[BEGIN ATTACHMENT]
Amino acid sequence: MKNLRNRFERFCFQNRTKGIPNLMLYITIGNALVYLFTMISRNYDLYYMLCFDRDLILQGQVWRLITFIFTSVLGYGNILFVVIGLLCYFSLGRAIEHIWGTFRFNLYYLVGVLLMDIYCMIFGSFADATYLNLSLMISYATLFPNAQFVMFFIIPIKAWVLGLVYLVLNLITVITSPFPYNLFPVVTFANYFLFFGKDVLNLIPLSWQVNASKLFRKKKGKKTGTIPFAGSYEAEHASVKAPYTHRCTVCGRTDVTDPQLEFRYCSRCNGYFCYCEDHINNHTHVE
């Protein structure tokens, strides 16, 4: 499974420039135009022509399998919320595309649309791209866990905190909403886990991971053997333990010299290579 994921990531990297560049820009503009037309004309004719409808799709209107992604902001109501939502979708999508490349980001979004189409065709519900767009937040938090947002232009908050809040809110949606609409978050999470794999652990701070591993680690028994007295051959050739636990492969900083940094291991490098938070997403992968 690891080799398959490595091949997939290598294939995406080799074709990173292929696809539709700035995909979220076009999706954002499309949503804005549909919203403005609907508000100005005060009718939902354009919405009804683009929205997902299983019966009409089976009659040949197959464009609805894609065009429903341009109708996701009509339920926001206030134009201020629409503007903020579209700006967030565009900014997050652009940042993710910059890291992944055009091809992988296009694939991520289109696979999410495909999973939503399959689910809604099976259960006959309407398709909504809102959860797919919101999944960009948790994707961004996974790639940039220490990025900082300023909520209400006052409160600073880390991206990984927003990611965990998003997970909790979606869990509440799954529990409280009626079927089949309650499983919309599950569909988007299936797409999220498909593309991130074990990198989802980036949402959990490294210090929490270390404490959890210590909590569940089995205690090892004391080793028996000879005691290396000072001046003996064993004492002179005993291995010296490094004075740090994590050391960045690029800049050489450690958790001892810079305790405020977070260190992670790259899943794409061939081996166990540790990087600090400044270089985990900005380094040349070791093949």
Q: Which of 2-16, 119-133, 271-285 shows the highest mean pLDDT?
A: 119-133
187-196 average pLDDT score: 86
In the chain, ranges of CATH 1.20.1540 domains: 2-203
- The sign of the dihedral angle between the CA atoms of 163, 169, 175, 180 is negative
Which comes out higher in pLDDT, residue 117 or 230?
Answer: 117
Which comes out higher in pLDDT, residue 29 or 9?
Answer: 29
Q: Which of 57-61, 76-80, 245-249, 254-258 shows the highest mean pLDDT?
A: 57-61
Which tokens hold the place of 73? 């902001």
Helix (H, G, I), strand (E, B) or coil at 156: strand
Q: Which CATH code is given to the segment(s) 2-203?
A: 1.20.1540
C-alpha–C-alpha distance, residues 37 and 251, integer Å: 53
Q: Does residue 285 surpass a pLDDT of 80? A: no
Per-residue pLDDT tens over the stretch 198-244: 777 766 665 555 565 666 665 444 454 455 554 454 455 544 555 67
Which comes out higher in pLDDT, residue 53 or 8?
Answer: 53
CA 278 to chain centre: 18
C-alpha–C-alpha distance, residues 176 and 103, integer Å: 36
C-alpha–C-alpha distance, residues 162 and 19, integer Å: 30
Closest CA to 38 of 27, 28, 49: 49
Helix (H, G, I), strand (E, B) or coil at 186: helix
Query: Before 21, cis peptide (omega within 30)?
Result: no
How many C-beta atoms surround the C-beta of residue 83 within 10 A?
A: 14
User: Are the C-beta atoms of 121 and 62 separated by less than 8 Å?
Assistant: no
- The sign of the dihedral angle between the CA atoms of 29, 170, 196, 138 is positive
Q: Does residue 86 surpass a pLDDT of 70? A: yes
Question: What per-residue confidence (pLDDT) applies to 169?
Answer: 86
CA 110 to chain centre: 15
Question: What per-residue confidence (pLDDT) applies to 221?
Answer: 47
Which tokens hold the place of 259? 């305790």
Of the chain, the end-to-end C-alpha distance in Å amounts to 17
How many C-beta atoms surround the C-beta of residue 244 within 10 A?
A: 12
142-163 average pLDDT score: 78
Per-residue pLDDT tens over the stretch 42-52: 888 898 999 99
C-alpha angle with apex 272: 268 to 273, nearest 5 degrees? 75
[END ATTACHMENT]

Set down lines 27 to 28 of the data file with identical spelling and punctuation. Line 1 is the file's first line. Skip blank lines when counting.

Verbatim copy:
Helix (H, G, I), strand (E, B) or coil at 186: helix
Query: Before 21, cis peptide (omega within 30)?